Next Week's Abu Dhabi Summit to Forefront Urban Water & Energy Saving
A Sustainable Living Expo (SLE), exploring water- and energy-efficient solutions in urban environments, will be one of the highlights of The World Future Energy Summit, hosted by Masdar, that is being held at the Abu Dhabi National Exhibition Centre from next Monday to Wednesday 20-22 January during Abu Dhabi Sustainability Week. Alongside it will be the International Water Summit.
The SLE is an actual-size home incorporating sustainable technologies in line with a central theme of the Summit, which is energy efficiency.
Organised in partnership with Abu Dhabi Electricity and Water Authority, supported by Abu Dhabi Quality & Conformity Council, Future Build, and designed and built by Genesis Manazil, the SLE eco-home will display organic paint, insulating windows, and low-flow water fixtures, among other advanced products and services that reduce waste and use natural resources more responsibly.
The home is designed on a recycled steel frame and incorporates more environmentally building materials such ECOMAG boards, a lightweight non-toxic structural covering used for walls and floors. Much of it is prefabricated before being transported to the site, erected, fitted with insulation and then clad. This is a more efficient way of producing a cheap, high performing structure.
The organisers say that the SLE eco-home produces less waste, is cheaper to cool, and is as much as 80% quicker to build than regular homes.
The UAE is endeavouring to set a benchmark for sustainable development in the MENA region: producing less waste, reducing water and energy consumption, and increasing energy efficiency.
In Abu Dhabi, the Emirate aims to produce 7% of its power requirements from renewable energies and divert as much as 85% of solid waste from landfill sites.
GCC (Gulf Arab states) governments are also introducing a raft of new regulations to enforce stricter energy efficiency requirements and Saudi Arabia is a case in point. The Kingdom is introducing new building codes to help reduce thestaggering volume of oil – as much as 4 million barrels per day - diverted to meet domestic energy needs.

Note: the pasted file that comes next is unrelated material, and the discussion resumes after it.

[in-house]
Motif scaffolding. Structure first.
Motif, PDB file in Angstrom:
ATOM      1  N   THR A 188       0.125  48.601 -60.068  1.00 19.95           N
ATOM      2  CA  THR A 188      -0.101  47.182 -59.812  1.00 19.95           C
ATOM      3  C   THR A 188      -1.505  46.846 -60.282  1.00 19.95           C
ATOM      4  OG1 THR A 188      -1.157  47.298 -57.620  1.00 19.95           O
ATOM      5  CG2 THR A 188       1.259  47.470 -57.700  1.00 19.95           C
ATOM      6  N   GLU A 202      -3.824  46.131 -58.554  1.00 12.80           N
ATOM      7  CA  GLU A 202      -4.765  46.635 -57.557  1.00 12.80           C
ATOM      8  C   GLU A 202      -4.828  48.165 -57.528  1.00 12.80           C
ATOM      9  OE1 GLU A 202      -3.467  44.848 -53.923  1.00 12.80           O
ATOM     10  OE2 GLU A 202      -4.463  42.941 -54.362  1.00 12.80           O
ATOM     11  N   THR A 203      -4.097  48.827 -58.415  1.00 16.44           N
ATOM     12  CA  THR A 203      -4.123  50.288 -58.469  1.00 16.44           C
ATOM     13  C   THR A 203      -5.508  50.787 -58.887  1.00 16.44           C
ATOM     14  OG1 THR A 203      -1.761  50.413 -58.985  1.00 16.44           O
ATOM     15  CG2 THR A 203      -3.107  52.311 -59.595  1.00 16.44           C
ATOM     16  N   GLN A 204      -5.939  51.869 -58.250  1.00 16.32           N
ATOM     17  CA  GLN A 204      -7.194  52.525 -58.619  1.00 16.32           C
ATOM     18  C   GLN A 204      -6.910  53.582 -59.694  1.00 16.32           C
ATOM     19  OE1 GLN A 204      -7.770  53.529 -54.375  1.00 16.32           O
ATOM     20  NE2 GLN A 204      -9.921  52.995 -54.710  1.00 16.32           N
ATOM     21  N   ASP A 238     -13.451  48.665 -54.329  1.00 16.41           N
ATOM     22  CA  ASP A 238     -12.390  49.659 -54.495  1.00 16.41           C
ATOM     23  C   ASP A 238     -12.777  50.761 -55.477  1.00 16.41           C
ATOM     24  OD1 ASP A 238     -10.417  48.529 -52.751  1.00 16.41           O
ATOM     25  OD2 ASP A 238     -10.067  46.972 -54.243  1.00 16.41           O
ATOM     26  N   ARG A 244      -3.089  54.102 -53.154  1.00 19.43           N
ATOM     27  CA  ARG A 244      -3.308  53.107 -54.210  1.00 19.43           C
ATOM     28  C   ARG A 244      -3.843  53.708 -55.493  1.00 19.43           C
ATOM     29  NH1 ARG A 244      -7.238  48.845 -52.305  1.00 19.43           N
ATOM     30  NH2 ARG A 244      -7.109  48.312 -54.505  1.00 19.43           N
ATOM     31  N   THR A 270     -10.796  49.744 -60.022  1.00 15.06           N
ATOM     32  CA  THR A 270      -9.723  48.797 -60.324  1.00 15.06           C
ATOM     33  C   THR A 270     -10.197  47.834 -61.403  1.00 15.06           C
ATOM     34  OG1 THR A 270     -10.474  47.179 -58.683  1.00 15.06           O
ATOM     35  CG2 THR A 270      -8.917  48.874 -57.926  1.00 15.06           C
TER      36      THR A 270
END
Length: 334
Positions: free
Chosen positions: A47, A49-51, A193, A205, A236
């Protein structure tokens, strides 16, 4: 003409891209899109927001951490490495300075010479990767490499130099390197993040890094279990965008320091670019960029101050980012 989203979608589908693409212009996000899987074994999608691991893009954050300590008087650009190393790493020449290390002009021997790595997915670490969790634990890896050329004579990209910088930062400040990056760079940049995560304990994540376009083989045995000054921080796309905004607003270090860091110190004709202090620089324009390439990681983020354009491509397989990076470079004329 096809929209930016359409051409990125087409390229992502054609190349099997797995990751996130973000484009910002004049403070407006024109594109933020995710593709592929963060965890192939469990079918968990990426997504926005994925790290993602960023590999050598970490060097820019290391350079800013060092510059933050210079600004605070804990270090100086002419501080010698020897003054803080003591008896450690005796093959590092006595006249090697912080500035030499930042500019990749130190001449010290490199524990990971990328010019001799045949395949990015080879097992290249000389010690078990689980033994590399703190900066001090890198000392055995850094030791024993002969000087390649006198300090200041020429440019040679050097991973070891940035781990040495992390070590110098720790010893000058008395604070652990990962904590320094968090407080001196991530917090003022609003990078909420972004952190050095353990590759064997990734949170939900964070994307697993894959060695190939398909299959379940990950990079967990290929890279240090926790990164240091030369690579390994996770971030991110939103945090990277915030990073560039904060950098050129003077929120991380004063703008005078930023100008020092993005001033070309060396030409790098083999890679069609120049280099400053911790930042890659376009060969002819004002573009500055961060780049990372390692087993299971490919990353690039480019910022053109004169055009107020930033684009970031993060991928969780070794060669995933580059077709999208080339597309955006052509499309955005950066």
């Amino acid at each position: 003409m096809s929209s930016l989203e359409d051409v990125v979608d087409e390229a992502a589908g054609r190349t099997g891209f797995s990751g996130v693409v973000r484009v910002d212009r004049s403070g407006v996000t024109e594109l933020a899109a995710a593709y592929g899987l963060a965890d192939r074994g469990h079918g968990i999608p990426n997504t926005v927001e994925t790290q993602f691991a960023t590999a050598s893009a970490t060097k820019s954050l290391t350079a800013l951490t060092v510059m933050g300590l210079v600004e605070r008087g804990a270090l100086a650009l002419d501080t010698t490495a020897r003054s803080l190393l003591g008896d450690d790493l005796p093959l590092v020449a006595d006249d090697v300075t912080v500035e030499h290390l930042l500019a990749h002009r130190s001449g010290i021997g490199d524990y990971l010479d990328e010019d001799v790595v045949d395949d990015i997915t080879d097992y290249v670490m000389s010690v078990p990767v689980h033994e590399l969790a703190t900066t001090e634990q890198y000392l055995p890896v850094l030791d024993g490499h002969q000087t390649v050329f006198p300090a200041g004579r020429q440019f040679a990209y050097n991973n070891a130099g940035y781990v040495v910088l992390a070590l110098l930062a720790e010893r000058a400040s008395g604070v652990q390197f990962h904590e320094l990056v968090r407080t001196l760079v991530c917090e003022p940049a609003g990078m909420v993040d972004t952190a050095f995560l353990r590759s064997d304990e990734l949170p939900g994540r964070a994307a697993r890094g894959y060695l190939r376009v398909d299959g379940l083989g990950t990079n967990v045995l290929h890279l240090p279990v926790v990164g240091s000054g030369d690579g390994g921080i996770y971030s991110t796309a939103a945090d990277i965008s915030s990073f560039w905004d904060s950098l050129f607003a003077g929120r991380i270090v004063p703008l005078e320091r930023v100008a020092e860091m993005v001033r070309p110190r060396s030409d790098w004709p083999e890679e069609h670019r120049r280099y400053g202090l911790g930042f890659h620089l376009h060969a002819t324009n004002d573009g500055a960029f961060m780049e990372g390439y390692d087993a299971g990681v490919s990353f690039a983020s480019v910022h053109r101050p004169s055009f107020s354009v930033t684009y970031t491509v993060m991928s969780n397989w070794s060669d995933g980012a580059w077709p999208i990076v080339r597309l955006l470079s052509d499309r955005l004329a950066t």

The theme of the exhibition and the timing coincides with a blockbuster EU climate and energy package due to be unveiled on 22 January. This will comprise new legislative proposals on subjects from shale gas and tar sands to structural carbon market reform and industrial competitiveness.
The centrepiece of the package will be proposals for 2030 climate and energy goals that could expand upon the ‘20-20-20 targets’ of 20% emissions cuts, efficiency gains, and renewable energy market share by the decade’s end.
A recent EU report contains a ‘reference scenario’ which asserts that a greenhouse gas reduction target of 40% would create 645,000 new jobs by 2030. This is a move supported by the UK, Germany, and France.
If, in addition, the European Commission established a 30% renewable energy target and “ambitious, explicit” energy efficiency policies, says the European Renewable Energy Council says it “would generate 1.25 million additional jobs in a 2030 perspective, compared to the reference scenario”.
David is Special Consultant of this website. He's author of Energy Management in Buildings, Energy Management in Industry, Sustainable Transport Fuels, Solar Technology, Sustainable Home Refurbishment, Solar Photovoltaics Business Briefing, and much more. Curently working on The One Planet Life.
He's also a novelist, script and comics writer, journalist, and editor. He was for 13 years news ...
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